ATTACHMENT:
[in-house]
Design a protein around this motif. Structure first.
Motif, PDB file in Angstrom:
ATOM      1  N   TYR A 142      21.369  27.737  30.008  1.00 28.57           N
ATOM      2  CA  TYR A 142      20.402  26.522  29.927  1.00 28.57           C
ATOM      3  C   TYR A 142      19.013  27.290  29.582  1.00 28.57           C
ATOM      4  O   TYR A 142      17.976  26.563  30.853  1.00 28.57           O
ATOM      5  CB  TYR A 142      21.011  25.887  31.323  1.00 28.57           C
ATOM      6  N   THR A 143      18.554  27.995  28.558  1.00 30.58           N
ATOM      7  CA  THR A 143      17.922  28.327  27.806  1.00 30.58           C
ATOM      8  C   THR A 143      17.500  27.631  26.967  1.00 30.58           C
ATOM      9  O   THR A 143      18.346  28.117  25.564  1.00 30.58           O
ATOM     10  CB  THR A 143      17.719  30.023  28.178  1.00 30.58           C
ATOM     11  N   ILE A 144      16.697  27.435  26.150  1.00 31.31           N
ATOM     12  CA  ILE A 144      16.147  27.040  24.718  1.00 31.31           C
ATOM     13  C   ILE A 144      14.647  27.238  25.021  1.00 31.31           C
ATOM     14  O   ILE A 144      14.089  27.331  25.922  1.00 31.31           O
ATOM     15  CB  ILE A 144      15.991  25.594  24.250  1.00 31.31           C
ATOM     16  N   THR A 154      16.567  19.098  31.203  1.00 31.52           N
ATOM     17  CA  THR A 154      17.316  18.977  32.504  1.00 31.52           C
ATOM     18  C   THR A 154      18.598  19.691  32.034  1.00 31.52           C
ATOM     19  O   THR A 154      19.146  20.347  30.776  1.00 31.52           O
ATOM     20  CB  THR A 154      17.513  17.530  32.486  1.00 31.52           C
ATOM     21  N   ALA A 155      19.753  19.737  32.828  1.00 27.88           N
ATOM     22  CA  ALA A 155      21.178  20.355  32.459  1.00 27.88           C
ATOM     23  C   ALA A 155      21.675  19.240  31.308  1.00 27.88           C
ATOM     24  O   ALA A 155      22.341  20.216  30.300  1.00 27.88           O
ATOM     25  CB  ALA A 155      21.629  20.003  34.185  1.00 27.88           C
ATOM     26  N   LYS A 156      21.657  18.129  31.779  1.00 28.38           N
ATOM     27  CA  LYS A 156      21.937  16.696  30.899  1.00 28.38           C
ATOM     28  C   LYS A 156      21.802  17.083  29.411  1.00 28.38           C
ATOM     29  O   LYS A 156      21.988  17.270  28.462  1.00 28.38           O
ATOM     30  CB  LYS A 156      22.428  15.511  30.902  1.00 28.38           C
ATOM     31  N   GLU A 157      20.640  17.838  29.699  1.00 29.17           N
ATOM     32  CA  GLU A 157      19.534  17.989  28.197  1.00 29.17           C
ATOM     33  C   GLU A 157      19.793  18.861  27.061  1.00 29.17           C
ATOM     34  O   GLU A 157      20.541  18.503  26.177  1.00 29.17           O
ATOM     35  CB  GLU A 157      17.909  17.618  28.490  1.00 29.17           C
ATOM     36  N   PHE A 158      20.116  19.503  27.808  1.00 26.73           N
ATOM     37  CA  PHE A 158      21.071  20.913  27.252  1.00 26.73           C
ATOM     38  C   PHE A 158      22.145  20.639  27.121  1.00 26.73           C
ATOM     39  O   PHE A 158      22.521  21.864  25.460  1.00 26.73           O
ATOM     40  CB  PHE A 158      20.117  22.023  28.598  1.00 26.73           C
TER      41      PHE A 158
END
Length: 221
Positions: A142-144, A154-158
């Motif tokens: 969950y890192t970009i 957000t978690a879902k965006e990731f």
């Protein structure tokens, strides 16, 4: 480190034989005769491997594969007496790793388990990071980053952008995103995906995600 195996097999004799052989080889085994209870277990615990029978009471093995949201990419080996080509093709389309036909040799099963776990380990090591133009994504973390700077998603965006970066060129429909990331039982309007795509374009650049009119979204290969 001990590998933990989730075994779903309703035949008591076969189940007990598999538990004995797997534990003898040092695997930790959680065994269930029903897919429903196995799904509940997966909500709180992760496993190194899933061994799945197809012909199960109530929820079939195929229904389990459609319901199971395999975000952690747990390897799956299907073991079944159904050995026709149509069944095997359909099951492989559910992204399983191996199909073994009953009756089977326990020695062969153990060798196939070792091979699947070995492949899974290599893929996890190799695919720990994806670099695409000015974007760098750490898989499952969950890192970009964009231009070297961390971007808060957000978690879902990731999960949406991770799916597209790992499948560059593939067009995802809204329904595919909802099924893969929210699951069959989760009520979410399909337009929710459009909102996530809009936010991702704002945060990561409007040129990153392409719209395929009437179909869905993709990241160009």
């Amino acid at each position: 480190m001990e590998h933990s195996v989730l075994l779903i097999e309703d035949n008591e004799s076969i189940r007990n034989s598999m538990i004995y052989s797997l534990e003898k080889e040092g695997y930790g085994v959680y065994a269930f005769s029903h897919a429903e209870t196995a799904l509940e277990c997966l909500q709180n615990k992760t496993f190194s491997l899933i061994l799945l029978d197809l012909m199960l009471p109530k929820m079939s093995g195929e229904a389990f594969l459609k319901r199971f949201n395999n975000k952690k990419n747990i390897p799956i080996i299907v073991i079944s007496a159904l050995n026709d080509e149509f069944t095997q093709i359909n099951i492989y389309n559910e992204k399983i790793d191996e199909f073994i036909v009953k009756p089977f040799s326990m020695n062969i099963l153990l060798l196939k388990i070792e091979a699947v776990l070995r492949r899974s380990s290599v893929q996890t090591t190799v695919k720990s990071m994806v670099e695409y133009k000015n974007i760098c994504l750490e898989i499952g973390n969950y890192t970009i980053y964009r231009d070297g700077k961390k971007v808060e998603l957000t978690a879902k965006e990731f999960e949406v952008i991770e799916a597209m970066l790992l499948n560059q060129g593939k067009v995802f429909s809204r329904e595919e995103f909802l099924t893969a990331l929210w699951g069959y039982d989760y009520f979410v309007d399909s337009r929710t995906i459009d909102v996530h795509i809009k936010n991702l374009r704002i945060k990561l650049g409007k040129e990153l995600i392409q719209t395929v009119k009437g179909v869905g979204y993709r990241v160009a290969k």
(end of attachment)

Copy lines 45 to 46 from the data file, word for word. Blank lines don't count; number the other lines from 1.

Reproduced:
END
Length: 221